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Czech beach volleyball coach tests positive for COVID-19 at Olympic Village

Czech beach volleyball coach Simon Nausch tested positive for COVID-19 on Tuesday, making him the fifth resident of the Olympic Village to be infected by the virus.

Czech beach volleyball coach Simon Nausch tested positive for COVID-19 on Tuesday, making him the fifth resident of the Olympic Village to be infected by the virus.

This was after the country’s men’s beach volleyball team player Ondrej Perusic tested positive for COVID-19 at the village on Monday. The total number of Games-related COVID cases stands at 67 right now, according to the official list updated daily.

“The Czech team at the Tokyo Olympics must deal with another positive test for COVID-19. Regular antigen analysis revealed the presence of the virus in the coach of beach volleyball players Simon Nausch,” the Czech Olympic Committee stated.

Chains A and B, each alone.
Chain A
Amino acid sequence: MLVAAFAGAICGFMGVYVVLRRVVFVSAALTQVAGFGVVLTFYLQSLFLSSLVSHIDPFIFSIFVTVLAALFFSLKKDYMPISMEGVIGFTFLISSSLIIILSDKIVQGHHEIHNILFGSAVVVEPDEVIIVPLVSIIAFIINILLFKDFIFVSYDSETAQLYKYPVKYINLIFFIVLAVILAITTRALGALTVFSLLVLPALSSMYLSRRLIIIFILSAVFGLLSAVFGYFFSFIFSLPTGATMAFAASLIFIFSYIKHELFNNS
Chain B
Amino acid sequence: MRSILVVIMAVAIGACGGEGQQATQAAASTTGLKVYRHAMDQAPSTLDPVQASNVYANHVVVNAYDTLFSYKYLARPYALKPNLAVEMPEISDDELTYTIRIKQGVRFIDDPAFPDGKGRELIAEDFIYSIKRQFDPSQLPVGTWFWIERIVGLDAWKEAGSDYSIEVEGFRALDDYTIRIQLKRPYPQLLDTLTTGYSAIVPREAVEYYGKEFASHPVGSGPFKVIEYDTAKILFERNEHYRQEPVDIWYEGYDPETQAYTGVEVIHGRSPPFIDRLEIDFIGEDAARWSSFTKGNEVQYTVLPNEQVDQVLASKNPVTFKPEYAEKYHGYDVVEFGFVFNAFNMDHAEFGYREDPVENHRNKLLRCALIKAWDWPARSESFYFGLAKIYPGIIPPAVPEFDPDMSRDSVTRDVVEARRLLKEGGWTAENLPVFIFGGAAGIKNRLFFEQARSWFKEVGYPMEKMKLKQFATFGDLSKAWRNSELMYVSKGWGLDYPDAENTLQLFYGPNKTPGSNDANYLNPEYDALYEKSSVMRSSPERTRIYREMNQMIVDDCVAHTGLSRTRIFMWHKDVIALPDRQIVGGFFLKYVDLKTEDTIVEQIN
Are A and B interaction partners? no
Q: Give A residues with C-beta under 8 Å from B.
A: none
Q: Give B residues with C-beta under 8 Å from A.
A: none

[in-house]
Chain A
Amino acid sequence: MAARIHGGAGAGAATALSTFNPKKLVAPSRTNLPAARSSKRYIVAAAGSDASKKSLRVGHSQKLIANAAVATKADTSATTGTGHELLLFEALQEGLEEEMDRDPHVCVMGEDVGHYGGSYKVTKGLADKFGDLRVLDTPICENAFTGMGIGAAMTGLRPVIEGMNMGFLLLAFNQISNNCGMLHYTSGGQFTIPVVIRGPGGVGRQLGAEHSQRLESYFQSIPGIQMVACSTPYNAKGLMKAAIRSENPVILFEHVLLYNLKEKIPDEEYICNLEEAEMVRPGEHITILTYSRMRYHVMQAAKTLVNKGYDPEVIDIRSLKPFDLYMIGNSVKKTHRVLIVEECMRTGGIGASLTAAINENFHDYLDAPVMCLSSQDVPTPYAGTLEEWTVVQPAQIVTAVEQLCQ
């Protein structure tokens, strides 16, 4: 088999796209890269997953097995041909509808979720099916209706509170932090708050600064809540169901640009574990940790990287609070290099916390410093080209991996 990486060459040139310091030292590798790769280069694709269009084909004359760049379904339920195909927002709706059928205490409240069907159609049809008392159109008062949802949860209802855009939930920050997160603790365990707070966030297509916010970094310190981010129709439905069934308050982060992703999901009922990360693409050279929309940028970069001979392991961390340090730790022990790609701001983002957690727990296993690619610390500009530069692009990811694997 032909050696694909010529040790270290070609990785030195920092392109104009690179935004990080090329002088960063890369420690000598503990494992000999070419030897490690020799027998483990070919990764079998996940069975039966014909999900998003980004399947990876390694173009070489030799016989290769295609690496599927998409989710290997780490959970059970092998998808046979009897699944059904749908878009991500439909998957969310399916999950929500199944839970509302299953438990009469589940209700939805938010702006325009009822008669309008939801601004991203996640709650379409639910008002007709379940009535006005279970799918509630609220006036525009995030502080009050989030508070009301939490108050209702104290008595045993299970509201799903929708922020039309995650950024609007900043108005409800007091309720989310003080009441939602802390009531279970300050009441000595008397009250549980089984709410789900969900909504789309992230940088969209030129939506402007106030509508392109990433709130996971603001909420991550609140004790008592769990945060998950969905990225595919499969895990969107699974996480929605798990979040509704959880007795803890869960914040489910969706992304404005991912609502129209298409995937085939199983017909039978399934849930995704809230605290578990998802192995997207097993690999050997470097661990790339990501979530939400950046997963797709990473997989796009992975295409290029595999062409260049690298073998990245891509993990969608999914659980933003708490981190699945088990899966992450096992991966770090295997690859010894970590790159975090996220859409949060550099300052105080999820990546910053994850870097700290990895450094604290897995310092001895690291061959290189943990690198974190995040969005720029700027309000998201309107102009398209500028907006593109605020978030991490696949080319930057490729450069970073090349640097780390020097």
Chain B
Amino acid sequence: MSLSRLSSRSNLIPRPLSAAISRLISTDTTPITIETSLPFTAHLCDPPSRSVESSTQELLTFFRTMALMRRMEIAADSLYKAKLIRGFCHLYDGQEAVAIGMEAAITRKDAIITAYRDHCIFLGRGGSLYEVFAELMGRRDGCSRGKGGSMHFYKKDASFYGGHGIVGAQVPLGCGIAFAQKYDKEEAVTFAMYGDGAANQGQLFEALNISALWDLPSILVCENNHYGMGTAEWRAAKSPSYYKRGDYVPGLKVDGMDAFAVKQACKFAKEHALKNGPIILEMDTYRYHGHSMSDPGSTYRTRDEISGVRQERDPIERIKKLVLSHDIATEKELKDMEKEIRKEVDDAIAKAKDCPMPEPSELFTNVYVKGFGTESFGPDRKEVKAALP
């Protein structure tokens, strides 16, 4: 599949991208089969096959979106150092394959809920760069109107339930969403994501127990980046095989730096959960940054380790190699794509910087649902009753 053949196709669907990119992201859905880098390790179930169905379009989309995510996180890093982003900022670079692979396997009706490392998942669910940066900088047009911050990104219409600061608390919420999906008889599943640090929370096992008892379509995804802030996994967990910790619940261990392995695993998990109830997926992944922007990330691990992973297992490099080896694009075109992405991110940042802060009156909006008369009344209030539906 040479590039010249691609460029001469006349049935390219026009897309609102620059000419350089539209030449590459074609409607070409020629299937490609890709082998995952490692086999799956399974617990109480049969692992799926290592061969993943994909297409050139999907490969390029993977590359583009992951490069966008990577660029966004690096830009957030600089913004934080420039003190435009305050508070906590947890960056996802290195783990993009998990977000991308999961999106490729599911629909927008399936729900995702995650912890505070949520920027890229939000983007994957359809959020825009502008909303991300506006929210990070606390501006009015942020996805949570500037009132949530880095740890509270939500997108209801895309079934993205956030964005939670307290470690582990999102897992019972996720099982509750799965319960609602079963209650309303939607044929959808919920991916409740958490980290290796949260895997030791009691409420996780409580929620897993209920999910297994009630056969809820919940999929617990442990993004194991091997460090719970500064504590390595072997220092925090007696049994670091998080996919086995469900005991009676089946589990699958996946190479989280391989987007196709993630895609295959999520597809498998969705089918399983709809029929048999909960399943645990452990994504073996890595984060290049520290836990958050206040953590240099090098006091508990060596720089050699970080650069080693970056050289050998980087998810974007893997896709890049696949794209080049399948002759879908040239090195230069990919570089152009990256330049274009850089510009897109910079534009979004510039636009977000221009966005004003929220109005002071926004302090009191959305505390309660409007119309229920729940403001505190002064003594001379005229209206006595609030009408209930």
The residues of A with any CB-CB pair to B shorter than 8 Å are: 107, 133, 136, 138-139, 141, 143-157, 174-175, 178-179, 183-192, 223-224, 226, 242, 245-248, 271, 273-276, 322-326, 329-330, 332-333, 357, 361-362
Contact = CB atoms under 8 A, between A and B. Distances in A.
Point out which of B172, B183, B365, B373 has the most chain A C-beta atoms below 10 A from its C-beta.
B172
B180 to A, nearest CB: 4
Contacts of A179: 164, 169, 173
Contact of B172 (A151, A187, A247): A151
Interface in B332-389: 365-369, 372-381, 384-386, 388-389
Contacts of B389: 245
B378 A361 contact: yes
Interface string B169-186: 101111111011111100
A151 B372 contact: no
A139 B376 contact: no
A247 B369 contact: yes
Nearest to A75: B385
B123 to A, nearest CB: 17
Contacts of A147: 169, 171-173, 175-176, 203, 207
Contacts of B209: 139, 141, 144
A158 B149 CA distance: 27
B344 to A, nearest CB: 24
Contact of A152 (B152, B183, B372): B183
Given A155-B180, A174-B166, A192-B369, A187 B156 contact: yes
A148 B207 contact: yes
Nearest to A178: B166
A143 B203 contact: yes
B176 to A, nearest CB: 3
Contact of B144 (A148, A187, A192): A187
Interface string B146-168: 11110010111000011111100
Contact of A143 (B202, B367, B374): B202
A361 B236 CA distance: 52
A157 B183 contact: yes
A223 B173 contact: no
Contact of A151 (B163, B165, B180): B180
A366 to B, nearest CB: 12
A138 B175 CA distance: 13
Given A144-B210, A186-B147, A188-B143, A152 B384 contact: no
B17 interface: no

“After confirming the finding with a PCR test, he left the Olympic village for isolation, just like the day before volleyball player Ondrej Perusic.”

Nausch said he is glad to be shifted out before becoming the reason for someone else’s positive test.

“Due to previous cases in our team, we tried to be extremely careful, unfortunately it did not work. But I’m really glad I’m in isolation before I can jeopardize someone else’s participation in the games,” said Nausch.

On Sunday, two South African footballers had also tested positive at the village, adding to the concerns surrounding the Games amid a pandemic.

An American alternate woman gymnast training in Chiba prefecture also got infected on Monday.

The Czech team assured cooperation to the organisers.

“Anyone can get infected, we are definitely not alone in a similar situation. At least you know that regular testing works and captures positive cases right from the start. It’s unpleasant for us, but we will deal with it,” said the head of the contingent Martin Doktor.

On Tuesday, the Tokyo Organising Committee announced nine new cases in its daily update, which included the first instance of a volunteer getting infected.

The mega-event opens on July 23 and will be held without spectators to minimise the risk of it becoming a super spreader.

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